Another point linking McCarthy and Darden come out of the Judge's choice of "alder charcoal" for his gunpowder, Both Darden (p.247) and Jim Moran (p. 253), another contributor to the Firefox 5 article, mention willow as a standard charcoal source. And McCarthy's charcoal is burned at a stream where willow trees are present (p. 128). But McCarthy's choice of alder, I think firmly links him to Darden through Darden's chatty note that:

" By the way, just yesterday I took time out and made a batch of powder, and this time, when I mixed the ingredients, I added homemade alder charcoal instead of redwood and improved the powder's performance 100 per cent. (p.248)

(5) Carl Darden, Carol A. Hill, and Jim Moran, Powder, Flint and Balls, Foxfire 5, ed. Elliot Wiggington (Garden City, New York: Anchor 1979).

(6) In a History of Greek Fire and Gunpowder (Cambridge: Heffer, 1960) J.R. Partington describes the use of urine when refining saltpetre for black powder (p. 319). The Judge's mixing of the three components wetted in urine does not match his process. Echoes of Ahab's bloody quenching of the harpoons, though, are present in the Judge's call for it.

In Foxfire 5, the page after the 'biscuit dough' references includes the following, my emphasis:

"Saltpeter, the chemical that produces the oxygen for the other ingredi- ents when lit off, can be made by putting urine and manure of any kind in a big cement tank mixed with water until you have about three hundred gallons mixed up. Then you put on a tight lid and let it sit for about ten months. You have to have a drain pipe and valve at the bottom, and a stainless steel filter screen installed beforehand or you'll have one big mess on your hands. At the end of that time, you run the liquid that drains off through ashes into shallow wooden trays lined with plastic sheeting and let them stand for evaporation in the sun. When the water evaporates, potassium nitrate crystals (saltpeter) will form in the bottom of the trays.

In History of Greek Fire and Gunpowder the author is likely referring to this paragraph:

Watson reports that a patent was granted in 1625 to Sir John Brooke and Thomas Russel for making saltpetre by a new invention making great use of all sorts of urine, and in 1627 King Charles I issued a proclamation to all persons to save the urine of their families and as much as they could of that of their animals, for collection every day by the patentees or their assigns. Since the invention was not successful, in 1634 an earlier proclamation of 1625 was revived giving the saltpetre-makers permission to dig up the floors of dove-houses, stables, etc., and prohibiting floors to be laid with anything except mellow earth. In 1656 an Act of Parliament was passed prohibiting saltpetre-makers from digging in houses or lands without the consent of the owners. In England the earth impregnated with pigeon dung, cattle urine, etc., formerly belonged to the Crown, and in France before the Revolution earth of stables, cellars, etc., belonged to the King. In Germany the inhabitants were obliged to build walls of fat earth mixed with straw, which when they became impregnated with saltpetre were demolished and worked up.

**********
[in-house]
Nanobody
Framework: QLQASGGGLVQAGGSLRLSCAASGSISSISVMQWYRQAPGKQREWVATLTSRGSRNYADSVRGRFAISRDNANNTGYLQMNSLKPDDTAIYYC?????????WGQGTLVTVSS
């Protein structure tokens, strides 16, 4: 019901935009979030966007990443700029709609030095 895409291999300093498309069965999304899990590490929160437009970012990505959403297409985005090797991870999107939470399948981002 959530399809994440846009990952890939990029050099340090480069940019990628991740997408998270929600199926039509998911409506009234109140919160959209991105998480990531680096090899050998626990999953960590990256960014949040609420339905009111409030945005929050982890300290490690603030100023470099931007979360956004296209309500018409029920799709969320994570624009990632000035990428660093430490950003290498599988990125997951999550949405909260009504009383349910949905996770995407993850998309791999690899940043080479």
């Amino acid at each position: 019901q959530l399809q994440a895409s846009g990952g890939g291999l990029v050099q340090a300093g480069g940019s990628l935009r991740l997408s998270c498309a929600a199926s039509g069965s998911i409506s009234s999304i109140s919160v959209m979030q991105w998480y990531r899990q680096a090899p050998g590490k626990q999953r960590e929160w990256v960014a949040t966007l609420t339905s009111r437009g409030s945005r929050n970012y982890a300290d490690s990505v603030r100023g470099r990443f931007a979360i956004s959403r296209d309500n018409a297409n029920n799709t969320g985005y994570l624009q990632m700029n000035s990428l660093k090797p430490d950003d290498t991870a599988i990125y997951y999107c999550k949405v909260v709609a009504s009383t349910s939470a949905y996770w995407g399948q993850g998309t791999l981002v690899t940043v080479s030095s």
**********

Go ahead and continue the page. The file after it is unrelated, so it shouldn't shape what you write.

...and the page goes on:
This does not contain anything which would be immediately useful to ad hoc manufactury in the field, but does suggest that like the references Sepich and I have quoted from Foxfire 5, there is an emphasis on the urine not being fresh, it is 'stale', it has to 'sit for about ten months', it has to be extracted from where it has soaked into floors and walls...

Sepich has also published a book called Notes on Blood Meridian, which includes the same material I painstakingly copied from his paper above, but he expands in a later chapter on perhaps more literary matters:

The mana-charge originally associated with everything that belongs to the body is expressed in primitive man’s fear of magical influences, due to the fact that every part of the body, from hair to excrement, can stand for the body as a whole and bewitch it. Also, the symbolism of the creation myths, where everything that comes out of the body is creative, derives from the latter’s mana potency. Not only the semen, but urine and spittle, sweat, dung, and breath, words and flatus, are heavy with creation. Out of it all comes the world, and the whole “turn-out” is “birth.” (Neumann 25-26; see also 31, 291)

So McCarthy seems to have used sources from the late 1970s, rather than earlier, and to have disregarded, perhaps for literary effect, the need for urine to be stale to be effectual.

  • outstanding! just what I was looking for.
    – releseabe
    Commented Mar 10, 2023 at 18:07
  • My thinking that the saltpeter could not have been extracted so rapidly sounds valid although given that the substance is present, perhaps there is a way to hasten the extraction -- chemistry prior to, say, mid 18th century was pretty primitive and a lot could have been learned. Perhaps applying heat might have worked. But obviously the story needed it to be effected much faster than months,
    – releseabe
    Commented Mar 10, 2023 at 18:50
  • I do find this about saltpeter: en.wikipedia.org/wiki/…. This does indicate that it can be extracted from guano in a day which is about what the book says iirc.
    – releseabe
    Commented Mar 10, 2023 at 18:55
  • BTW, not to be greedy, but the primers thing is also bothering me. They would need so many primers, one for every single shot and I think I am right that there is no gun for which primers are merely optional. Maybe a separate question.
    – releseabe
    Commented Mar 10, 2023 at 23:15
  • @releseabe Any firearm from before 1807 would not have used a primer at all (because percussion caps had not been invented yet), and flintlocks, snaphaunces, and similar early designs continued to be used for many years afterwards, though it would be unlikely that such weapons would have been used in the setting of the novel. Commented Mar 11, 2023 at 1:12